'Important milestone': Germany to start first clinical tests on coronavirus vaccine

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'Important milestone': Germany to start first clinical tests on coronavirus vaccine
The Paul-Ehrlich-Institut in Langen, Hesse. Photo: DPA

Germany has authorised its first clinical test of a vaccine for the novel coronavirus, the country's regulatory body said Wednesday.


"The Paul-Ehrlich-Institut (PEI)... has authorised the first clinical trial of a vaccine against Covd-19 in Germany," the regulatory body said in a statement.

It added that approval was the "result of a careful assessment of the potential risk/benefit profile of the vaccine candidate."

The move gives the green light for testing to be carried out on human volunteers for an RNA vaccine developed by Mainz-based firm Biontech.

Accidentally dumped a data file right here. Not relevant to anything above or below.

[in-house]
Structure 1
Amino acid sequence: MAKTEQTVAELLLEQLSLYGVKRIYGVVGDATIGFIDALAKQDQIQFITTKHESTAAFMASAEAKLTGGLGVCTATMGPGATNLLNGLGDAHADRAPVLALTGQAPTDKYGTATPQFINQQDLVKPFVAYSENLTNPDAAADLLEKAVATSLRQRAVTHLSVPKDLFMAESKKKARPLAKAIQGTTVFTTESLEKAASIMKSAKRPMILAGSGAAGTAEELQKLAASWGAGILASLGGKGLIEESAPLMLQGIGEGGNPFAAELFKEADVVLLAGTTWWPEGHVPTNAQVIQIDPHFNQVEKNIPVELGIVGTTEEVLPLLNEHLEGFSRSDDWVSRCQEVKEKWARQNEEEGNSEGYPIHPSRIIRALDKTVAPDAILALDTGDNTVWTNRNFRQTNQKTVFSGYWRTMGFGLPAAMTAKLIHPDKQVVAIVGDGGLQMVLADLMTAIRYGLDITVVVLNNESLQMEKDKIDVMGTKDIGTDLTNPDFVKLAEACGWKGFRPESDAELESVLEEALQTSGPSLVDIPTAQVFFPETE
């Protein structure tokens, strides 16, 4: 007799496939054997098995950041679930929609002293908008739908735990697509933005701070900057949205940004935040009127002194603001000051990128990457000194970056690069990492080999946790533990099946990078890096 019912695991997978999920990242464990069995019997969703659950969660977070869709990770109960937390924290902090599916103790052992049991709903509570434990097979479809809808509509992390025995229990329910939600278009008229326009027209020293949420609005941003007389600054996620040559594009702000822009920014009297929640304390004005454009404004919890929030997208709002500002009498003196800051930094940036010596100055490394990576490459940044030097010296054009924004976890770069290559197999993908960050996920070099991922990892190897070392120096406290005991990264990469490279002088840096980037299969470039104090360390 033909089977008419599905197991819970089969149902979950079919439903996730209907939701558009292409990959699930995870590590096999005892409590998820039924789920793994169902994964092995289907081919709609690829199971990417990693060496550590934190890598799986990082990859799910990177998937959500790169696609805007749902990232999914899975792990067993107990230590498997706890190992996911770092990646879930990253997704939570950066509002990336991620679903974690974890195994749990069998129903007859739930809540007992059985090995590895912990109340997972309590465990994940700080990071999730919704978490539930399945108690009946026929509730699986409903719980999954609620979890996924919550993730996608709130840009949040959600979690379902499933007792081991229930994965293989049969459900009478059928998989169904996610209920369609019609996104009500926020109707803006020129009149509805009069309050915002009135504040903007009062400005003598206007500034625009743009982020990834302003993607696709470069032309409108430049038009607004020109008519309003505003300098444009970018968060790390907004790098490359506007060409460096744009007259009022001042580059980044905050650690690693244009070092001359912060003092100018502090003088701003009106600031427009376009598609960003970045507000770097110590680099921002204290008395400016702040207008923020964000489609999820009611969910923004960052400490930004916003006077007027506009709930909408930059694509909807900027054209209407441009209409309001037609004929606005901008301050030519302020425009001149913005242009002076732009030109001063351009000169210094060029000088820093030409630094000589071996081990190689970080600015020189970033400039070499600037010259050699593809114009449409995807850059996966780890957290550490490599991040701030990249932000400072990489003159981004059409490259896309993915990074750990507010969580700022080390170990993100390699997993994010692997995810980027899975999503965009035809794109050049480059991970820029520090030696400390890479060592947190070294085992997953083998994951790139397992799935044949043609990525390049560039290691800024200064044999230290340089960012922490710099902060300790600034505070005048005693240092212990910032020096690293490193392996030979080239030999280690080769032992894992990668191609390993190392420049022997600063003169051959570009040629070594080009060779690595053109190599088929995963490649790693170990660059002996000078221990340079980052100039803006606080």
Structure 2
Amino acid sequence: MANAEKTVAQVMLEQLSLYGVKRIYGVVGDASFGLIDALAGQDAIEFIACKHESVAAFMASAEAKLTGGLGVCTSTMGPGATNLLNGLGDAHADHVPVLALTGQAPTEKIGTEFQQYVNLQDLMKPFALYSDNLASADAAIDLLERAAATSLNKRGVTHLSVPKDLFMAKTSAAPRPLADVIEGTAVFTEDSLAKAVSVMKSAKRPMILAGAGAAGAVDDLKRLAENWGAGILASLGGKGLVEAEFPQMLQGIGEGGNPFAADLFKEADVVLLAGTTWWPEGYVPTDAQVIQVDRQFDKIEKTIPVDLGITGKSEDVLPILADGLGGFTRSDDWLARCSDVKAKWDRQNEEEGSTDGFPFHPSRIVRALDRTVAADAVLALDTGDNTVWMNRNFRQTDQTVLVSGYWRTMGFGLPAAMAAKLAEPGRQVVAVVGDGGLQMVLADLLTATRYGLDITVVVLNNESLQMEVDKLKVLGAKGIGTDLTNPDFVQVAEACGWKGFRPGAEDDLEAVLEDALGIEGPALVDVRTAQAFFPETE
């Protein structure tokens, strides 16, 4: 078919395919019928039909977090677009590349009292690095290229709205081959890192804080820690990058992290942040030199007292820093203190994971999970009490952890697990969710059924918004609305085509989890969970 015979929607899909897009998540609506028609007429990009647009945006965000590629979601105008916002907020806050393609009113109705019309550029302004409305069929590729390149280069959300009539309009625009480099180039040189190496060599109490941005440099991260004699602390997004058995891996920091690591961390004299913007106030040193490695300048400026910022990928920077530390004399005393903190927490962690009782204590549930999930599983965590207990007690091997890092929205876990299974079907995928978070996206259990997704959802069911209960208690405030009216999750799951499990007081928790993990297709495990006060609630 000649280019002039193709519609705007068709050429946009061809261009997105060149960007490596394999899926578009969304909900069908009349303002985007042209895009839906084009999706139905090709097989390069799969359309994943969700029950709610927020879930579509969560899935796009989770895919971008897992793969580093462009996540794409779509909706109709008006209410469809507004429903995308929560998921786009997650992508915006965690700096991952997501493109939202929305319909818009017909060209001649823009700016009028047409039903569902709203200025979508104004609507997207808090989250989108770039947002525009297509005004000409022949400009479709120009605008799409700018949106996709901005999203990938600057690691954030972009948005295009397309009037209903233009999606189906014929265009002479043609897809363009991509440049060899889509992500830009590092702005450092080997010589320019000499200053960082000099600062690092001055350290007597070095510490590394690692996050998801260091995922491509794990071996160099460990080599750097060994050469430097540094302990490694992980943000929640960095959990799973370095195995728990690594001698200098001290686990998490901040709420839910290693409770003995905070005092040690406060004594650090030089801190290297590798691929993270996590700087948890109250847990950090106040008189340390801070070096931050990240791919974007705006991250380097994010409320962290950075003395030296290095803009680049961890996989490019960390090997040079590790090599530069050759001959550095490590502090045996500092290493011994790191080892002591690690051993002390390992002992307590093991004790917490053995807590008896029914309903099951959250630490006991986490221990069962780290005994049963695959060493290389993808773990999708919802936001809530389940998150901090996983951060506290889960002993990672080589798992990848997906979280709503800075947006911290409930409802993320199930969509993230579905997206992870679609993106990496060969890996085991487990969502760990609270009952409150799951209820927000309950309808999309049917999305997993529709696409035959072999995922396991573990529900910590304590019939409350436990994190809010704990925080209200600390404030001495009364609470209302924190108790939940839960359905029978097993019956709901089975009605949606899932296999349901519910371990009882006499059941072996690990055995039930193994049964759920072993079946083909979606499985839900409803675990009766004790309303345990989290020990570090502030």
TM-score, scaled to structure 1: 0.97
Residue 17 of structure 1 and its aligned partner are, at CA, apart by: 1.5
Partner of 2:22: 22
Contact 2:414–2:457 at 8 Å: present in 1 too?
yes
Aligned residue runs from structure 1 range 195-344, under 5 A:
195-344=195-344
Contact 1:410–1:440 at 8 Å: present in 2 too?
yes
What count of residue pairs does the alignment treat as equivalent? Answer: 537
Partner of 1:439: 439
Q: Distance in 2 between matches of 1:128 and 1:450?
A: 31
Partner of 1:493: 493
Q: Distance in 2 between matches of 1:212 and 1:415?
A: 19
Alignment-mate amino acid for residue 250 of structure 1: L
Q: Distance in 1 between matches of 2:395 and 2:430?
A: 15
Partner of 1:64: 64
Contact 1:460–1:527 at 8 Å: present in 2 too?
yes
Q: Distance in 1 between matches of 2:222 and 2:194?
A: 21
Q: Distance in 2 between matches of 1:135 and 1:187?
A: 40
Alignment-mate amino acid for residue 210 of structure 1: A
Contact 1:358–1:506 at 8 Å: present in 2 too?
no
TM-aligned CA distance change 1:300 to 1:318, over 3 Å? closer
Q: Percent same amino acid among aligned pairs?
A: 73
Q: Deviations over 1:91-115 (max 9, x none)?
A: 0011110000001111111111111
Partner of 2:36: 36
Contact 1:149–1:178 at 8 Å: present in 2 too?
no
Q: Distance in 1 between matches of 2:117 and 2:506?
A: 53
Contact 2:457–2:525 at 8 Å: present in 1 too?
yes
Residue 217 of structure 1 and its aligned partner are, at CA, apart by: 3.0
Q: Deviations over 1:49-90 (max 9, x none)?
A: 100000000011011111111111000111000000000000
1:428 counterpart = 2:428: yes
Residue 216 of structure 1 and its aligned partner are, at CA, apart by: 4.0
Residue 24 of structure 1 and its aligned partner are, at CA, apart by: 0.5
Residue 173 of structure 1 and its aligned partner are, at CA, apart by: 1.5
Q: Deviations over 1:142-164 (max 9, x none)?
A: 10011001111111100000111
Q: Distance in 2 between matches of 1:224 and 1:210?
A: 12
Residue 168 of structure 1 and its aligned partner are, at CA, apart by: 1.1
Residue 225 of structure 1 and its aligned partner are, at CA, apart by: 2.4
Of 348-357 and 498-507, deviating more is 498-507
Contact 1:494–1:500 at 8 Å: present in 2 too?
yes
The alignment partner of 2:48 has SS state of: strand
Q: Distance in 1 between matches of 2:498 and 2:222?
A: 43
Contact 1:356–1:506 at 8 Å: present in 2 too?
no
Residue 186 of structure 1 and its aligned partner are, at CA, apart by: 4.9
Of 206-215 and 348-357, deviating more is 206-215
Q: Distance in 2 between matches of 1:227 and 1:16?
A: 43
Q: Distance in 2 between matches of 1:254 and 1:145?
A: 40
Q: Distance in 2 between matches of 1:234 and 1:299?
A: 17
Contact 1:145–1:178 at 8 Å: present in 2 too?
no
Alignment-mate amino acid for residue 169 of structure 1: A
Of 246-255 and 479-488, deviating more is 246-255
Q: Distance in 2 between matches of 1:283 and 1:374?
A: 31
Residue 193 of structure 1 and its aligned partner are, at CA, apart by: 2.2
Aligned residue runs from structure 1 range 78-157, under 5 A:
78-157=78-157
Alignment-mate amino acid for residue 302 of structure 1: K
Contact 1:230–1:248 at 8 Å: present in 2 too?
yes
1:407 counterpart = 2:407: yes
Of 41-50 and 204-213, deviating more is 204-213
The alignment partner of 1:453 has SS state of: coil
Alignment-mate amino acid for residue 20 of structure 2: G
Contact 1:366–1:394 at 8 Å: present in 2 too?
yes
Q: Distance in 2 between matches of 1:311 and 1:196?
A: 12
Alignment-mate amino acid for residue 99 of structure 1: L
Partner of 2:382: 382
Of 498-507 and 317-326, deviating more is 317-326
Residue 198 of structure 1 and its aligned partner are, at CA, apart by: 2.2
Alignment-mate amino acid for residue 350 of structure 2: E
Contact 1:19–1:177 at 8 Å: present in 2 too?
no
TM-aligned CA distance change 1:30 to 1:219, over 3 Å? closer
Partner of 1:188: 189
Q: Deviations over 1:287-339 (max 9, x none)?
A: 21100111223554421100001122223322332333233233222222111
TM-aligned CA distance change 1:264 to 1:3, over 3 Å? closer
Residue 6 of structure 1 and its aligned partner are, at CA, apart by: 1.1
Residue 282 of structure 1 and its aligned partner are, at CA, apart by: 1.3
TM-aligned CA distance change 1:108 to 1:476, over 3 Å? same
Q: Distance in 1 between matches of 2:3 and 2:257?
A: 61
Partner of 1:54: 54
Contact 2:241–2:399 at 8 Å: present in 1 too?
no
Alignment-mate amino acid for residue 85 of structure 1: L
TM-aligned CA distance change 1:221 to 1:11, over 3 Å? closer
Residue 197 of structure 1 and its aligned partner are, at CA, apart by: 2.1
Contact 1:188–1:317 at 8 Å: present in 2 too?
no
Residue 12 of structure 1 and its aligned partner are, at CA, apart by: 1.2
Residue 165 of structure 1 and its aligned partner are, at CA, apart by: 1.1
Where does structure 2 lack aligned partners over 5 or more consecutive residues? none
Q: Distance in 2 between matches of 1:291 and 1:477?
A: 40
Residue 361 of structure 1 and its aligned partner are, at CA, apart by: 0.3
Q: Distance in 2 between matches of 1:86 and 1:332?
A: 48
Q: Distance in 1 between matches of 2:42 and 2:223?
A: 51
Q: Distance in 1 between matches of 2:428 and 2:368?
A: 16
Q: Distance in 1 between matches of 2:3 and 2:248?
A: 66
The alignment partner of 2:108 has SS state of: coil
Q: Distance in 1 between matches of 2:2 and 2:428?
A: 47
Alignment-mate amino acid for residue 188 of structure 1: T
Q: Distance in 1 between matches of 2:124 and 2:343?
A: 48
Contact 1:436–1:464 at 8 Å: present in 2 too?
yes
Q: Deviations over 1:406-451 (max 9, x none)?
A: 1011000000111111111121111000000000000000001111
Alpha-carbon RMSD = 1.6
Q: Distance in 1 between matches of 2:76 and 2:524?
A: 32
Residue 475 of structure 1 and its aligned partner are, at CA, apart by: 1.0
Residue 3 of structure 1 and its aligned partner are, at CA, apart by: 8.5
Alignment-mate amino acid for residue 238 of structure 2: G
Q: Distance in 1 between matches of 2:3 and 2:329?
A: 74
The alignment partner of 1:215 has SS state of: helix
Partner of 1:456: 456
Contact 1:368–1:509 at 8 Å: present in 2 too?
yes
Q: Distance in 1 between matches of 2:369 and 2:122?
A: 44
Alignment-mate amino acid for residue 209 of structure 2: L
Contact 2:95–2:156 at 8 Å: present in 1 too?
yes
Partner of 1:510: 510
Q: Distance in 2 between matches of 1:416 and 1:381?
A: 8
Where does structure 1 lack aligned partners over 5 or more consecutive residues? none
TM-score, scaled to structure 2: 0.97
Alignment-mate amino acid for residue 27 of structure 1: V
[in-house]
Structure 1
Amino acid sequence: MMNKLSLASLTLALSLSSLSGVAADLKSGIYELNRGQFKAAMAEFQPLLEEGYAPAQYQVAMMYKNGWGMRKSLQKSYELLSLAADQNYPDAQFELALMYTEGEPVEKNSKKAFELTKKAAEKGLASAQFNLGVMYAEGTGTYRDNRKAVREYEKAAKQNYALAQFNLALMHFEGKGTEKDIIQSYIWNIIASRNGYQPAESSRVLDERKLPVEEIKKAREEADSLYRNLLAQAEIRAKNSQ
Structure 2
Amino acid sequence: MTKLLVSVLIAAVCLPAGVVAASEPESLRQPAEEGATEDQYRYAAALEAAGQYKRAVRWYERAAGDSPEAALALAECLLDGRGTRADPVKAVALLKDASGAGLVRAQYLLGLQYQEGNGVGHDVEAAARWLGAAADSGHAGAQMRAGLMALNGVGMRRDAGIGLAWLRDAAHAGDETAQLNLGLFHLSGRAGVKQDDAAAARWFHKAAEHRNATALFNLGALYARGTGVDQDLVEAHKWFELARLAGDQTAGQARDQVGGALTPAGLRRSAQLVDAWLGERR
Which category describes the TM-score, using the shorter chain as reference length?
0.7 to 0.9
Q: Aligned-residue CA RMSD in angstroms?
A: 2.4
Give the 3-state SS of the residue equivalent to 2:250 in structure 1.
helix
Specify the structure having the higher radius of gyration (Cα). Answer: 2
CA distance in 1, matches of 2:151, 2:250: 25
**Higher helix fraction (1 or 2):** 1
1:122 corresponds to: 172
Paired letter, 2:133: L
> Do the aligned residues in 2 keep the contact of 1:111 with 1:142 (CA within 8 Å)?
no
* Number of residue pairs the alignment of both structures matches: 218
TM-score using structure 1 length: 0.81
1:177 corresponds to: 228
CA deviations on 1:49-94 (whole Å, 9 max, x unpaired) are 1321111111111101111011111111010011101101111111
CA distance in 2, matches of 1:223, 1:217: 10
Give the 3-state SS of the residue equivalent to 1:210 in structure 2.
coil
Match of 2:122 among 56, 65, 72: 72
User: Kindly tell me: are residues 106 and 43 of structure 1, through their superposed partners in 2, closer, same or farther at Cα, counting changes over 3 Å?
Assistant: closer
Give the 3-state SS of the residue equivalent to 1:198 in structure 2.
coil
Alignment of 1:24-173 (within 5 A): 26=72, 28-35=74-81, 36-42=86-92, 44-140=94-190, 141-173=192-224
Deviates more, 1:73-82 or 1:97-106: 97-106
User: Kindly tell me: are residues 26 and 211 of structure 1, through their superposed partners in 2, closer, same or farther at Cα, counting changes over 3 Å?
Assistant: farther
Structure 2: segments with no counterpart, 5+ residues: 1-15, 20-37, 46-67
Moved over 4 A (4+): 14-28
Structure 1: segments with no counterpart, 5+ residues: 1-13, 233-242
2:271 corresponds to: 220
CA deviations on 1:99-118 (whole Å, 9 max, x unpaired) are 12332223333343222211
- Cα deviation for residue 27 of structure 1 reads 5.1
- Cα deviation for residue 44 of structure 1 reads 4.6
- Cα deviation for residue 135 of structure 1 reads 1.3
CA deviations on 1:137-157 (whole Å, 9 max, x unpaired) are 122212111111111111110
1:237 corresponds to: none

The biotech firm is working with the US pharmaceutical company Pfizer for the development of the vaccine.

The trials will see "200 healthy volunteers aged between 18 and 55 years" vaccinated with variants of the RNA vaccine, while the second phase could see the inclusion of volunteers who belonged to high-risk groups, said Biontech.

Neither PEI nor the developers specified when the trial will begin, though Biontech claimed in a statement that it would be "soon" and "ahead of our expectations".

The institute said the testing was an "important milestone" on the path to find "safe and effective vaccines against Covid-19 for the population in Germany and beyond".

According to the Association of Research-Based Pharmaceutical Companies, at least 80 vaccine projects have been initiated since the outbreak of the Covid-19 pandemic. 

The trial is the fourth to have been authorised worldwide. 

Institute President Klaus Cichutek has said further clinical vaccine trials are expected to start in Germany this year.

However, Cichutek believes it's unlikely that an approved vaccine will be available for the general public this year.




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